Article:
Saturday, May 31, 2008

Articles this year, so far so good

I wondered where I was when I got my copy of our lovely WoW book, Digital Culture, Play, and Identity: A World of Warcraft® Reader, since I didn't blog it. then I remember - I was travelling, Umeå, Volda, Copenhagen, New York, and too much was lost in transit. No not physically, but things to which I should have paid attention.

The book is a wonderful object to hold, both because it's packed with work from people I know and respect, and because it know so much about the rest of it. I was there in that taxi in Copenhagen when we came up with the idea of the book. I read the early drafts of applications and suggestions that Jill and Hilde sent off, I was there while we discussed it in the different lists, in game, out of the game and when the call for paper went out to more than the guild I felt still involved in the process.

Not to take the glory from Jill and Hilde, they did an incredible job in getting the book out, but I feel like this is my baby too. And the baby of Lisbeth, Charlotte and the other authors as well as the ones who were somehow inside the process but never got to present their work here. This is a book that comes from a game researcher's community, not a collection of strangers who happened to write something relevant, and so it carries with it an odd flavour of nostalgia.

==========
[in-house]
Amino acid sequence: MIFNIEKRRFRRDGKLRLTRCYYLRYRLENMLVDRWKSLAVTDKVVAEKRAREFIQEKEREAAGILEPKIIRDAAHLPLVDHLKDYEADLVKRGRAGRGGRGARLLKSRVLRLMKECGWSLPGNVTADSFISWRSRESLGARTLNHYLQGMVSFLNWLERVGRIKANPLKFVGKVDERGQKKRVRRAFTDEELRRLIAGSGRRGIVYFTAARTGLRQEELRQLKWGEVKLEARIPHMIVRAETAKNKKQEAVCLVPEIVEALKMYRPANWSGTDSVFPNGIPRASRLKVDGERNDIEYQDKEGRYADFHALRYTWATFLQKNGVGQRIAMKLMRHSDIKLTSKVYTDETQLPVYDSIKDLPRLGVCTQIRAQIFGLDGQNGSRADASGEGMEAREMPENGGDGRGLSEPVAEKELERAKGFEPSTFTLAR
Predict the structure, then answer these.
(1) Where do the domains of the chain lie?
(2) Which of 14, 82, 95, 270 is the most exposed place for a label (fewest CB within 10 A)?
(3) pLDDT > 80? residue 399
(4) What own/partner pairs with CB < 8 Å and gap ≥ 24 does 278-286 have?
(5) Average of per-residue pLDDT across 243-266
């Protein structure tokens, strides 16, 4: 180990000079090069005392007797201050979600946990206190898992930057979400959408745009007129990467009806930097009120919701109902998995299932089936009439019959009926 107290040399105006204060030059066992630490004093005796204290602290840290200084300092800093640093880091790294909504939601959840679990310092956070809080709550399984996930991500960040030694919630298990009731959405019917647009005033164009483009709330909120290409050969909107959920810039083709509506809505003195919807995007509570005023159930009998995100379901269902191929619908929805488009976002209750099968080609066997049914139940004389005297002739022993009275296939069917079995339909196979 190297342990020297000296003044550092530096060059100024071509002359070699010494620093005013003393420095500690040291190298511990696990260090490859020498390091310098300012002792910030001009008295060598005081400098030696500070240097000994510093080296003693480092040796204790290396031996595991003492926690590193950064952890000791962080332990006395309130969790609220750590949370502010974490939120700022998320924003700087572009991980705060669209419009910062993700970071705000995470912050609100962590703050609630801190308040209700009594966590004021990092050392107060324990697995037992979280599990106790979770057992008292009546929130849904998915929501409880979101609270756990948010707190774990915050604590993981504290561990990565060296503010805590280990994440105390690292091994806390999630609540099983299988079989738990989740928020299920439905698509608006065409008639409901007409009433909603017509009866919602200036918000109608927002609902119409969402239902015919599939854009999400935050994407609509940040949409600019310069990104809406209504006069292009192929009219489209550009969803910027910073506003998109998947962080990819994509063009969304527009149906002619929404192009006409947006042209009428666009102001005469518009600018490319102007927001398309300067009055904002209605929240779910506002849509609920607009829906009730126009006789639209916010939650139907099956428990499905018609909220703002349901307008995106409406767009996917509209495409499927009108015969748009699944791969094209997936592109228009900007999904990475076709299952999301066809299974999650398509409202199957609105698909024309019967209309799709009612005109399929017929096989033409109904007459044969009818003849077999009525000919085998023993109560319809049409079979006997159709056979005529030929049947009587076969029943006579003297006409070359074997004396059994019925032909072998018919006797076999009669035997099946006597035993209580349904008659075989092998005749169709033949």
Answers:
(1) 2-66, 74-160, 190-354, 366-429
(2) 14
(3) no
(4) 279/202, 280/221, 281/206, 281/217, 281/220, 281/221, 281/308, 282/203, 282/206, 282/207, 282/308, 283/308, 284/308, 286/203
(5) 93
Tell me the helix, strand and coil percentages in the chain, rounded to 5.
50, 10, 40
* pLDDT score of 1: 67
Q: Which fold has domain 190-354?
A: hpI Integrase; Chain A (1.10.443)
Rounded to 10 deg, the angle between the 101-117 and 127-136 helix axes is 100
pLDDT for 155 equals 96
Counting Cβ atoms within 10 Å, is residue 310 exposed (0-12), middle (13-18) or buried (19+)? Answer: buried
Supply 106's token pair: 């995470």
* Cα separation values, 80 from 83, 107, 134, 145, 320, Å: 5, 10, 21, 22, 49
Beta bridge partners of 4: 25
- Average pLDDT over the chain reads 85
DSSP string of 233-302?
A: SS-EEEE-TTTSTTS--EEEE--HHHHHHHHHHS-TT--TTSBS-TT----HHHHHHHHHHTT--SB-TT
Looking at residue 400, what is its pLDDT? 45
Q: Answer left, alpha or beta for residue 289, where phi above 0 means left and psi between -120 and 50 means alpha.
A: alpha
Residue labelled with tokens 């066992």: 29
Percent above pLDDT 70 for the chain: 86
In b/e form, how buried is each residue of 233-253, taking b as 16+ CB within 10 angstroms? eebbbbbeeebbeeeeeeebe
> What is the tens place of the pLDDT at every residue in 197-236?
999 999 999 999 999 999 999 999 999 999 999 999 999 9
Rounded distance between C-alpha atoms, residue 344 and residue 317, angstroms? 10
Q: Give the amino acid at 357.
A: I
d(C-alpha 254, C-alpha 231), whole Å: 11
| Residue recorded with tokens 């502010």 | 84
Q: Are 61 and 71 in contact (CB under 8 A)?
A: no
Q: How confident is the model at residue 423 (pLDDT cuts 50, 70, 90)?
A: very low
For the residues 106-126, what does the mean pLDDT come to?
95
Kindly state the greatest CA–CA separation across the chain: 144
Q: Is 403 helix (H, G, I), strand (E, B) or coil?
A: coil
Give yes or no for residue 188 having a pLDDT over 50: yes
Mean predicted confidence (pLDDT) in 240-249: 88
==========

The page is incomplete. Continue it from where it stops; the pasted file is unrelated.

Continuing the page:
Another anthology I was represented in this year is written by exactly such a collection of (to me) strangers: Handbook of Research on New Literacies.

This is a very different beast. It's a huge brick of work which can easily compete with Lord of the Rings in size, and it sprawls all over the place. I did find the articles of some friends here too though, and it looks like it has the potential of being a very useful reference work for the topics in new media research in this decade. I do have some fondness for it. Not because the articles make me remember great conversations and happy moments, frankly, I have not been able to take in all it contains, but because this book too has led me to meet great people. Interesting, sharing and generous people - in a way those people are more important to me than the stack of books and journals that is accumulating on my CV. I like doing this work. I just need to see a physical result once in a while to remember why.